En español | Mark Chekola, 72, came out as gay more than 40 years ago, but the retired philosophy professor knows that many older people in North Dakota and Minnesota still hide their sexual identities.
"Some have never really been open with even their families,” said Chekola, who lives in Moorhead, Minn., across the Red River from Fargo.
But the Red River Rainbow Seniors support and advocacy group, which AARP North Dakota helped organize, is working to end their isolation.
The group formed three years ago, when AARP hosted a listening session for the 50-plus lesbian, gay, bisexual, transgender and queer (LGBTQ) community during Fargo-Moorhead Pride Week.
AARP then started holding Lounge & Learn events on topics such as long-term care services, caregiving and legal issues.
Today, Red River Rainbow Seniors has an email list of nearly 150, more than 40 paid members, two Facebook groups, a book club, social hours, dances and movie nights.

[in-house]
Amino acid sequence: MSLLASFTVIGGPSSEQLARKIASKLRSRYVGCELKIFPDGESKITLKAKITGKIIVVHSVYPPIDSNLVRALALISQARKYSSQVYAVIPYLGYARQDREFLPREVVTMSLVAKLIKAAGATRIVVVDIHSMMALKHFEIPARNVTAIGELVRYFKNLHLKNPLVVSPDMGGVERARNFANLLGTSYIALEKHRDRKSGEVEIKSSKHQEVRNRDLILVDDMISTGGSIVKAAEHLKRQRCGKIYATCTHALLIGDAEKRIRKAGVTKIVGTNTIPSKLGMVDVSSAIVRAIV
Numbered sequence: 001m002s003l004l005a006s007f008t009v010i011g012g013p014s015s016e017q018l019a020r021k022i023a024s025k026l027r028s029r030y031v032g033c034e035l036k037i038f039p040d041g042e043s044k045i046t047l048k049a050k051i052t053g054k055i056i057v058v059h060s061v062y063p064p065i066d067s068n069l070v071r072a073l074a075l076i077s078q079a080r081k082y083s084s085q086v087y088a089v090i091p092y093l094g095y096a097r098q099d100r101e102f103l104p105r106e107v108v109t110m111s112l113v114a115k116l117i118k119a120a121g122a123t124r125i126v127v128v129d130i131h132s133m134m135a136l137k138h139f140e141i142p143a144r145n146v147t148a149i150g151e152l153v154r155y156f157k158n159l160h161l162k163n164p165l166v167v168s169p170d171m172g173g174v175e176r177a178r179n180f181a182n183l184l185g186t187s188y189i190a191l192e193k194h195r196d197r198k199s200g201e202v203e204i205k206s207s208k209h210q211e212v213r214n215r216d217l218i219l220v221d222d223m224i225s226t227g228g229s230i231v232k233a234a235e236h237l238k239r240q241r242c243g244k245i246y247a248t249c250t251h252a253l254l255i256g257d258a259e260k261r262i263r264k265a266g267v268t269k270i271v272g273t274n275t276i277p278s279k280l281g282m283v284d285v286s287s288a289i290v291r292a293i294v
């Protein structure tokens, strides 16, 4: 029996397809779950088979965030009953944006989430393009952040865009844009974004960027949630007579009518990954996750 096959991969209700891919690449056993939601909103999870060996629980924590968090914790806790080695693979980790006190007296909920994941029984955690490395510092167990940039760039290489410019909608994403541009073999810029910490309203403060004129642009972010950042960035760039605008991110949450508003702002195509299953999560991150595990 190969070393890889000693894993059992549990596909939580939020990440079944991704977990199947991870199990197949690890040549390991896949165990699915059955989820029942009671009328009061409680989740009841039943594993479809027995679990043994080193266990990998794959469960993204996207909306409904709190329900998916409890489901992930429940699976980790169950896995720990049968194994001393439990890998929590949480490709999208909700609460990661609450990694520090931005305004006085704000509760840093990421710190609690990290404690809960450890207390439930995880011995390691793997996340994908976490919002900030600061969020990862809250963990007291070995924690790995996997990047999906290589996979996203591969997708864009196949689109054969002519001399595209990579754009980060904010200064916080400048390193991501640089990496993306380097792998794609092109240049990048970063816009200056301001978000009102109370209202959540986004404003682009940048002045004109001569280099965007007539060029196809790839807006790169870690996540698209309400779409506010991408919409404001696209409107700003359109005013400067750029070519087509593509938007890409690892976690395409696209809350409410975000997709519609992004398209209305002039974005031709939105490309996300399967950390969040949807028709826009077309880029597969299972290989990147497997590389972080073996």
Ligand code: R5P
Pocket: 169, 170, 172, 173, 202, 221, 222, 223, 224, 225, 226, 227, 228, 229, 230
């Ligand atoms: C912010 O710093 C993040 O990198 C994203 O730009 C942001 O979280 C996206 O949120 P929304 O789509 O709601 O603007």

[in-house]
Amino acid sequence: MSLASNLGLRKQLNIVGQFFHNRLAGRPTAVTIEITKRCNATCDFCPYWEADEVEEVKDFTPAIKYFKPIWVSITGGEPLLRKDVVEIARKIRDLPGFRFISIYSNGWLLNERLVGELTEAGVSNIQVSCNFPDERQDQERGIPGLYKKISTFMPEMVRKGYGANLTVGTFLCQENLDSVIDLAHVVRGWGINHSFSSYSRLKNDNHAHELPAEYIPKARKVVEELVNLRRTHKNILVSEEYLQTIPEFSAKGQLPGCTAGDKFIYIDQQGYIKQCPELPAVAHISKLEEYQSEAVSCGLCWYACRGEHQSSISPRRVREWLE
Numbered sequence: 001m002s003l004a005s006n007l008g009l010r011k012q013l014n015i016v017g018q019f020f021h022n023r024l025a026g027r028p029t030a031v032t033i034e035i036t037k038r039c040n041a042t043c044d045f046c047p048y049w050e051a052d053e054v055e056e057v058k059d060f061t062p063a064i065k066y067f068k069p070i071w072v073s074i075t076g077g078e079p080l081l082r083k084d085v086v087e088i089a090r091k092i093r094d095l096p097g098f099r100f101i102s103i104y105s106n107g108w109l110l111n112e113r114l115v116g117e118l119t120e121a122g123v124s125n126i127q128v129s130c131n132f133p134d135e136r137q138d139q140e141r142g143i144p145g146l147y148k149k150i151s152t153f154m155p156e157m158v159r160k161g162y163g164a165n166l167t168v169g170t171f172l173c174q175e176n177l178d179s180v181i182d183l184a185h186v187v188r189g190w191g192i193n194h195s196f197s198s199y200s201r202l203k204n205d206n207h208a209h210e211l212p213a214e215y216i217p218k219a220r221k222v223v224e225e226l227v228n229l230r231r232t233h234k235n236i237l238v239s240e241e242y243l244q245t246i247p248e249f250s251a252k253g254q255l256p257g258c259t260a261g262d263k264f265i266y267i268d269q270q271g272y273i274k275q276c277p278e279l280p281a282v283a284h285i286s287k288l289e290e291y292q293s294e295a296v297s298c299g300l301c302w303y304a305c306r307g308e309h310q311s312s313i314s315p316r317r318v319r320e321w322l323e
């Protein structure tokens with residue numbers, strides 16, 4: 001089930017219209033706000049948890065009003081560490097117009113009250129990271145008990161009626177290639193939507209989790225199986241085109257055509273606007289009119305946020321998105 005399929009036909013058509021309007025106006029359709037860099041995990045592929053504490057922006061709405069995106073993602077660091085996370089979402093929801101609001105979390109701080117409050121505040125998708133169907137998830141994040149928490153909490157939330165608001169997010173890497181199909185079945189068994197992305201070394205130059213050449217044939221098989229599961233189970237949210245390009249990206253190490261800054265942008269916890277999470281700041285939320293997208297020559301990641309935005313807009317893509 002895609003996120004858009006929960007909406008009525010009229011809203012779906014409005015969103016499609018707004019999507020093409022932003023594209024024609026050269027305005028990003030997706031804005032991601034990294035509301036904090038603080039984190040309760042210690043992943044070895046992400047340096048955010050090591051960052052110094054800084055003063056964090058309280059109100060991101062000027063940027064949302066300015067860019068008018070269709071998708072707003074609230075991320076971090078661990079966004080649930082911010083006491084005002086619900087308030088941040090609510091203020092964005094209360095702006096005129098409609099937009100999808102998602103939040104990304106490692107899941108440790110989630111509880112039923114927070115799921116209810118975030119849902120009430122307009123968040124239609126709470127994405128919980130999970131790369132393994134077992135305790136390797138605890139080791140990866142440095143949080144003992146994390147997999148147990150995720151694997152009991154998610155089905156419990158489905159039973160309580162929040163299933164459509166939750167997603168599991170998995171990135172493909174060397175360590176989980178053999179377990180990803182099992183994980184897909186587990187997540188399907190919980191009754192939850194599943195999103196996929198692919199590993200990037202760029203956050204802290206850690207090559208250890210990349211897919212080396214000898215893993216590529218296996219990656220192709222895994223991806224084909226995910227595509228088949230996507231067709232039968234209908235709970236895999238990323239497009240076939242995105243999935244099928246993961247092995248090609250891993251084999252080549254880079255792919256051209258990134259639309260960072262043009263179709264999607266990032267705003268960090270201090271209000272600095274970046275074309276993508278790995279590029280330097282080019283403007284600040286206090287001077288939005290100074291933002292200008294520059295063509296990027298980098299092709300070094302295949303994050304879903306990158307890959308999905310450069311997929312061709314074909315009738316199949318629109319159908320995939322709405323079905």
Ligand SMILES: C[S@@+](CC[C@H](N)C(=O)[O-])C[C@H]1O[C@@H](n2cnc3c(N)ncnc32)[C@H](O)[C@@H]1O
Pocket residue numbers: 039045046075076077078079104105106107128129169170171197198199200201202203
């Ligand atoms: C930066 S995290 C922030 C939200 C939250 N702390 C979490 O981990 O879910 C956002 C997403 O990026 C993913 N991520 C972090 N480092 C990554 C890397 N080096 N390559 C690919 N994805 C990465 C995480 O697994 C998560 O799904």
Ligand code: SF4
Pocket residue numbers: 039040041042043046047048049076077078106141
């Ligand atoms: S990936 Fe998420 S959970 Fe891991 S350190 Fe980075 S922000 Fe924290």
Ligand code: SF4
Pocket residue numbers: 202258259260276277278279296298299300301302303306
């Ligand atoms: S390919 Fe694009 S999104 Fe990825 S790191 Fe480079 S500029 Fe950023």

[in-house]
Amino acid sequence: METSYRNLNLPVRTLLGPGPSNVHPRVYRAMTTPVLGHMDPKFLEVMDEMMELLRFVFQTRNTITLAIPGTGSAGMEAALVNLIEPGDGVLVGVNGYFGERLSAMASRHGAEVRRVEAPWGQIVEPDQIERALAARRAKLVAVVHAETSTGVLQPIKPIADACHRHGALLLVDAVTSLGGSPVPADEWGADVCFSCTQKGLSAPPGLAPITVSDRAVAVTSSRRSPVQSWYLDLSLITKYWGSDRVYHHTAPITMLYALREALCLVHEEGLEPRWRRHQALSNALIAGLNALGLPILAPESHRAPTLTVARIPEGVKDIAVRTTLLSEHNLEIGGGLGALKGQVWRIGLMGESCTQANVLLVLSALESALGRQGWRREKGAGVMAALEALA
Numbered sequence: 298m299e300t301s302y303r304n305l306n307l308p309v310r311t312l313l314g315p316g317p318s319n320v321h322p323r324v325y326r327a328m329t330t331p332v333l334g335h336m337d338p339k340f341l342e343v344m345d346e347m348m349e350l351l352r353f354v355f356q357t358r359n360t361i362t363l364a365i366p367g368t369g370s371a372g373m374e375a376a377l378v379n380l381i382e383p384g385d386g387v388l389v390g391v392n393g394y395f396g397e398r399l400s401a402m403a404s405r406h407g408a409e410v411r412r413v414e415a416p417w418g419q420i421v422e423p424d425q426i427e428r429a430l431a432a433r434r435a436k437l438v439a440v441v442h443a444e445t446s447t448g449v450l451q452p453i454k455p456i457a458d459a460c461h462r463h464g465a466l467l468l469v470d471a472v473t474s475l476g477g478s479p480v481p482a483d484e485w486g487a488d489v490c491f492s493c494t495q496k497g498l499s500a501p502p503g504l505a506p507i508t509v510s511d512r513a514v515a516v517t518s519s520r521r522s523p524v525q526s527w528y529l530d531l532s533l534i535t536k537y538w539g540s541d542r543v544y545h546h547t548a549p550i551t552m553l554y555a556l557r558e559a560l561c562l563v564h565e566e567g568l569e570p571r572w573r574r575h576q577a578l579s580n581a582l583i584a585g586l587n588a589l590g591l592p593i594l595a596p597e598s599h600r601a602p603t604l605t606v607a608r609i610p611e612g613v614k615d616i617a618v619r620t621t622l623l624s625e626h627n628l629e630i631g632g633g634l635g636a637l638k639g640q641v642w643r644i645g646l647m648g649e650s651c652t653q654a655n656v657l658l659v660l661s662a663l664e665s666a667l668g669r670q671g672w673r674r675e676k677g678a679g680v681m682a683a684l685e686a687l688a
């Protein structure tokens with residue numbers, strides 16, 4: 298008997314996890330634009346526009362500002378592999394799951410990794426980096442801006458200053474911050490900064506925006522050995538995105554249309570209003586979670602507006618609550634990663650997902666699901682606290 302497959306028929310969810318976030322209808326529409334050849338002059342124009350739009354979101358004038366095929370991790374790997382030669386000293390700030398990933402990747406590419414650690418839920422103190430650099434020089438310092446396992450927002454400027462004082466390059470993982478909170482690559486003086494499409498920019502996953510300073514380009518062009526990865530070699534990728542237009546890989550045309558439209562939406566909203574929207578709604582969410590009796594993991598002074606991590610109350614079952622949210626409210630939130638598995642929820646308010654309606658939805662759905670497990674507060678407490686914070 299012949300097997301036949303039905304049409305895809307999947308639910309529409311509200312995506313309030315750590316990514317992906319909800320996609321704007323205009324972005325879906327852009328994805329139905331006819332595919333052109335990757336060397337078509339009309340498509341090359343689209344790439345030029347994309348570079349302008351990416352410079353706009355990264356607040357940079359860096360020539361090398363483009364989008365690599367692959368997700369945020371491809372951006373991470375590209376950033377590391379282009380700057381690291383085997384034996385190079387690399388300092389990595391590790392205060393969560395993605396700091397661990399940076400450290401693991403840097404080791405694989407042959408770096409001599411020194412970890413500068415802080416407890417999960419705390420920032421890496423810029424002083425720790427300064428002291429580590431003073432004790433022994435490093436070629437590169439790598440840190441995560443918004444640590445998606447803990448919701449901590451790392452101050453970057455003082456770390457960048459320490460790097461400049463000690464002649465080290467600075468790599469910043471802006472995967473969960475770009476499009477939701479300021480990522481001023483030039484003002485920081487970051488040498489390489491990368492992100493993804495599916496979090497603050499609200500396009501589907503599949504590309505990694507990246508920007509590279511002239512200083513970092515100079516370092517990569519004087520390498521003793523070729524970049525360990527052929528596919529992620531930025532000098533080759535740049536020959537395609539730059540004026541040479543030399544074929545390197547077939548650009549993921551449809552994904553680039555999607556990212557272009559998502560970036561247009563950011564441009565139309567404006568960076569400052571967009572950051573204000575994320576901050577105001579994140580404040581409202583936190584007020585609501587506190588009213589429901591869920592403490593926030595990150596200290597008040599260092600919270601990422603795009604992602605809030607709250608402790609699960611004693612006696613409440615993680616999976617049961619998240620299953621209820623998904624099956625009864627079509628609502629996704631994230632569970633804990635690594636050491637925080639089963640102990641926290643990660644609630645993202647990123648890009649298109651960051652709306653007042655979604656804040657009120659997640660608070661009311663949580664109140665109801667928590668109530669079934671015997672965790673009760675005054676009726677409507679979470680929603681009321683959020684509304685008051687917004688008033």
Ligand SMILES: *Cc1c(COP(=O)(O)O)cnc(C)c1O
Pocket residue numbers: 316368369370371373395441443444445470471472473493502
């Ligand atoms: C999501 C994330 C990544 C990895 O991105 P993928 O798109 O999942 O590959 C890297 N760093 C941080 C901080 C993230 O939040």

Chekola said he has been amazed by the attendance at events.
"They're feeling comfortable enough to socialize with people their age,” he said. “That's been a wonderful thing."
AARP in Your Neighborhood
No cabin fever here. To celebrate the full "wolf" moon in January, AARP New Hampshire members got out in the winter air for a nighttime hike at Massabesic Audubon Center, with a bonfire, cocoa and marshmallows afterward.
It took 23 gallons of paint, 1,700 square feet of plywood, and a dozen trees and planters-plus 65 AARP Iowa volunteers. The result: a demonstration project that temporarily turned one block in the city's East Village into a magnet for walking, biking, shopping and hanging out.